Rael Isacowitz, MA, has been practicing Pilates for more than 35 years and is recognized internationally as an expert in the field. In 1989, Rael founded BASI Pilates®, a comprehensive Pilates education organization represented throughout the world. Rael has authored two books, Pilates and Pilates Anatomy (co-authored with Karen Clippinger) and well as a series of training manuals. He has been featured in a DVD series, created the groundbreaking software, Pilates Interactive, and most recently, designed a line of Pilates equipment, BASI Systems. For more information, visit basipilates.com and basisystems.com.

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Close-Up: Rolling Back to Rollover

By Delia Buckmaster

In the July/August issue of Pilates Style, Pilates teacher Delia Buckmaster names her must-have prop: the mini exercise ball. Small and versatile, it can increase the resistance of an exercise, as well as provide resistance. Here, she shares an all-in-one move that strengthens, stabilizes and stretches.

Prop: Mini exercise ball
Purpose: strengthens the abdominals; stabilizes the shoulders and spine; stretches the lower back and hamstrings
Ball Benefit: challenges the inner thighs
Setup: Sit with your knees bent, the ball between your feet and your hands on your shins. Rounding your back, rock back to balance on your sit bones. Inhale to prepare.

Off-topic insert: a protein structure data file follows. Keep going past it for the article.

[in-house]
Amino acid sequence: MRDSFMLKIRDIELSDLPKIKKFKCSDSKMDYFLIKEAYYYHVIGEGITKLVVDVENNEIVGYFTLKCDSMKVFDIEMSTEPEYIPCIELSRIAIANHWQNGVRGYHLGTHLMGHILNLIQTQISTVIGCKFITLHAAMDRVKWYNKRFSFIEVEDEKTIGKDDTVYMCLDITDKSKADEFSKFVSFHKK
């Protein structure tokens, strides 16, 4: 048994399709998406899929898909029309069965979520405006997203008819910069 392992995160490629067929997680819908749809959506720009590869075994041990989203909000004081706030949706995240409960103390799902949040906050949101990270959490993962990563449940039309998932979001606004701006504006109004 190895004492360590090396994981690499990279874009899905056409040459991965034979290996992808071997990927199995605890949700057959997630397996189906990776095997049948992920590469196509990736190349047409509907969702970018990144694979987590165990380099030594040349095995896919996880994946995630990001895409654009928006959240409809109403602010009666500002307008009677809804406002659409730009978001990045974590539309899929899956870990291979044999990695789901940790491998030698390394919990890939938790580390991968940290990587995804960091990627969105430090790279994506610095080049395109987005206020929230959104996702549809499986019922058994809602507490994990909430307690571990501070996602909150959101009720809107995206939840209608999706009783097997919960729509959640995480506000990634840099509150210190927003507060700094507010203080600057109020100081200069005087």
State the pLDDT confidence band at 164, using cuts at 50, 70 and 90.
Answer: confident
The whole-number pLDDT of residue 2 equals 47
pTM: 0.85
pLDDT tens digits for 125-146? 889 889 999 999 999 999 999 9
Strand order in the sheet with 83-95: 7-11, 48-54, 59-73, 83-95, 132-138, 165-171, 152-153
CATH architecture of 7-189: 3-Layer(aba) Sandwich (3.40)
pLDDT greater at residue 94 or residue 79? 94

1. Exhale, rolling back, extending your arms on the floor and your legs overhead and parallel to the floor.

2. Inhale, bending your knees to 90 degrees.

3. Roll forward, and then return to the starting position. Do 4–8 reps.

Tips: Focus your eyes on your knees, and nod your chin before lifting your head and shoulders to roll forward to the starting position. Move fluidly with your abdominals engaged throughout.
Modification: If this is too much coordination, simply do Rolling Like a Ball with the ball between your feet.
Advanced: Add a Teaser Twist when your return to start postion.

Delia Buckmaster is an international fitness educator, a PMA® certified Pilates teacher and a Booty Barre master trainer. She earned her comprehensive certification through STOTT PILATES® and BASI Pilates. Her studies range from classical to contemporary and everything in between. Delia is the founder and owner of Exhale Pilates+, the first Pilates studio in Whitefish, MO, home to Pilates and fitness education, and most recently, Exhale Wellness. An industry veteran for more than 16 years, her other certifications include TRX, IndoRow and Booty Barre. Delia is also a published fitness and wellness writer and contributor, certified health coach through the Institute of Integrative Nutrition and mother of two. She was voted “Best Fitness Instructor in Whitefish” from 2014–2016. Her most recent accolade and career highlight is being chosen as a finalist for the Pilates Anytime 2016 Next Instructor Competition. For more information, visit exhalepilates.com

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Smoothie Bowled Over